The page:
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Anglican Church of Canada releases report from The Commission on the Marriage Canon

Anglican Church of Canada releases report from The Commission on the Marriage Canon

The Archbishop and Primate of the Anglican Church of Canada released the following announcement on Tuesday, September 22:

Dear Friends in Christ,

Today the Council of General Synod received The Report of The Commission on The Marriage Canon.  The report is very comprehensive and reflects the commitment of the members to address General Synod 2013’s Resolution C003 in its fullness.

You will recall that the resolution requested consideration as to whether the proposal for amending The Marriage Canon would contravene The Solemn Declaration of 1893; and called for a theological and biblical rationale for the blessing of same sex marriages.  The Commissioners take us into a deep exploration of the theology of marriage and present several models for understanding same sex marriage.  In accord with the request in Resolution C003 for broad consultation throughout the Church the report includes a succinct summary of feedback received from Anglican Communion and ecumenical partners.

On behalf of the whole Church, I want to thank the Commissioners for the diligence with which they went about their work and fulfilled the mandate given them by The Council of General Synod.  They have laboured long and produced a fine report which will be a valuable resource to the Church.

In commending it for widespread study, I pray we be guided by the wisdom of the Spirit’s leading in our preparation for conversations at General Synod 2016.

Fred J. Hiltz
Archbishop and Primate

From the report:

The approach we wish to take is thus recognizably Anglican in two important ways: first, while Scripture bears the final authority for the church, it does not do so apart from interpretation and application. No reading of scripture is “uninterpreted” apart from reason and tradition. No reading of Scripture can be abstracted from the life of the church and its struggle to embody the Gospel. Second, it recognizes Scripture as a text read (or perhaps better “performed”) primarily in community, in the context of the liturgy, rather than a text read privately in the context of one’s personal devotions.

The Commission’s presentation explained the process of developing the report:

[Commissioner Dr. Patricia Bays] discussed the results of the consultation, which saw 223 submissions on the proposed changes to the marriage canon from 26 dioceses. The commission in particular had sought opinions about matters such as the Solemn Declaration and conscience clause. It received reports from men and women, young and old, lay and clergy, gays and lesbians, Indigenous communities, theological colleges, dioceses and parishes, and ecumenical partners.

…and explored the report from perspectives of communion, theology, diocese and parish disagreement, law and the definition of marriage:

[Commissioner Dr. Paul Friesen] highlighted an approach to Scripture that was “neither fundamentalist nor liberal, but Anglican,” in which Scripture was at the centre of a series of concentric circles—the first circle being tradition (community) and the second being reason (interpretation). The relationship between Scripture, tradition and reason is dialectical and interpenetrating; sometimes one aspect challenges another, and sometimes one helps us understand another.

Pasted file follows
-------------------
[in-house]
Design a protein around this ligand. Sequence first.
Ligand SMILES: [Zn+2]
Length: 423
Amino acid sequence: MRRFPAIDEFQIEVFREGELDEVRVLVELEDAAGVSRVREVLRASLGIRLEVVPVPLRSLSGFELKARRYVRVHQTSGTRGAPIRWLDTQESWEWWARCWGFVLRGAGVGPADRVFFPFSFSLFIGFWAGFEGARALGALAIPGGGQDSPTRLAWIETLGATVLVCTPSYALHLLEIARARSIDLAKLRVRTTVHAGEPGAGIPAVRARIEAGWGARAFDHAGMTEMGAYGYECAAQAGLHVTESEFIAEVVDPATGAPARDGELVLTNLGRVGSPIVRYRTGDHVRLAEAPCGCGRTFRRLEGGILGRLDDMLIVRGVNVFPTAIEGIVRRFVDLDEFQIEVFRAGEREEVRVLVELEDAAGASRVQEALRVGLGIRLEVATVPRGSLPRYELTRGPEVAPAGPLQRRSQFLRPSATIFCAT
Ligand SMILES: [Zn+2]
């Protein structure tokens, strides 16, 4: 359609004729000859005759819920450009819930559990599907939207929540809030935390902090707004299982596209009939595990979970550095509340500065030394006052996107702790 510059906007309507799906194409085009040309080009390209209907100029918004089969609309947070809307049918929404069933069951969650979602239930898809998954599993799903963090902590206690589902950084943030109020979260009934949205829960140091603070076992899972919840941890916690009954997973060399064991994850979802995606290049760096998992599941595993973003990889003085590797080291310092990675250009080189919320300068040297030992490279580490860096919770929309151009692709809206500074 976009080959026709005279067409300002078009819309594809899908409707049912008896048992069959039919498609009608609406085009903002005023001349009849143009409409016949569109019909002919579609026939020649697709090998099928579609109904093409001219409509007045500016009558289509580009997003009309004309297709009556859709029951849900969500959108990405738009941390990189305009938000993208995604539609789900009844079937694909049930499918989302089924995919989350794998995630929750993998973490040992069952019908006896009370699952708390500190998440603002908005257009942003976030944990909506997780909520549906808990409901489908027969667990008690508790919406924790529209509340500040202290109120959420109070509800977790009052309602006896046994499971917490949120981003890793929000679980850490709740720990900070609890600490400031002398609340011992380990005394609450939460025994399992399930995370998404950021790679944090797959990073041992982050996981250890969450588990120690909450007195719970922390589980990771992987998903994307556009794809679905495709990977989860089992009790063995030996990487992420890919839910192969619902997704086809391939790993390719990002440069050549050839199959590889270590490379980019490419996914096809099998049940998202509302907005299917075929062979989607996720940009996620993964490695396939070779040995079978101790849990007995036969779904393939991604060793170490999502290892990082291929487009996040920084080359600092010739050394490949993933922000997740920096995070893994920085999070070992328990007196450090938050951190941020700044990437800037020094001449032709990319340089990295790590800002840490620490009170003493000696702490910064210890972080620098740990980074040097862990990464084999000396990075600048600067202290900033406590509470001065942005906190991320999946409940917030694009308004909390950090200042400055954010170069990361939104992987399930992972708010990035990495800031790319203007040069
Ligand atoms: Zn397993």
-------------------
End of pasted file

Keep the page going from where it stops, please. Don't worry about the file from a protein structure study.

Moving onto the question of how to define marriage, commissioner Dr. Stephen Martin used the current marriage canon as a starting point and the declaration of intent from couples about to be married. From these two sources he extracted five main aspects of marriage:

• Permanence—a lifelong union, for better or for worse;
• Monogamy—an exclusive union to the exclusion of all others;
• Faithfulness—a union characterized by mutual faithfulness;
• Covenant—a covenant with God, who creates the marriage bond; and
• Purpose—mutual support, procreation if it may be, and sexual expression.

Dr. Martin emphasized that the commission’s mandate is not to change this definition, but to see whether it may be expanded or opened up to include same-sex relationships without distorting its character.

This effort, he added, was not a question of “subversive liberals” trying to gain a hold of the church, or of the Anglican Church pandering to a particular constituency or culture, but because of what had been articulated by the church’s own LGBTQ members and the response of General Synod.

The resolutions call for a change in the language of Canon XXI (On Marriage in the Church) to gender-neutral, and provides an opt-out clause “which allows bishops, clergy, congregations and dioceses to refuse to solemnize same-sex marriages on the basis of conscience,” reports the Anglican Journal. The resolution will go before the General Synod for a vote in 2016:

In order for the resolution to be adopted, it must be accepted by a two-thirds majority at two consecutive General Synods, at which point it would become law on the first of January of the following year. By this calculation, the resolution could not be adopted before January 2020.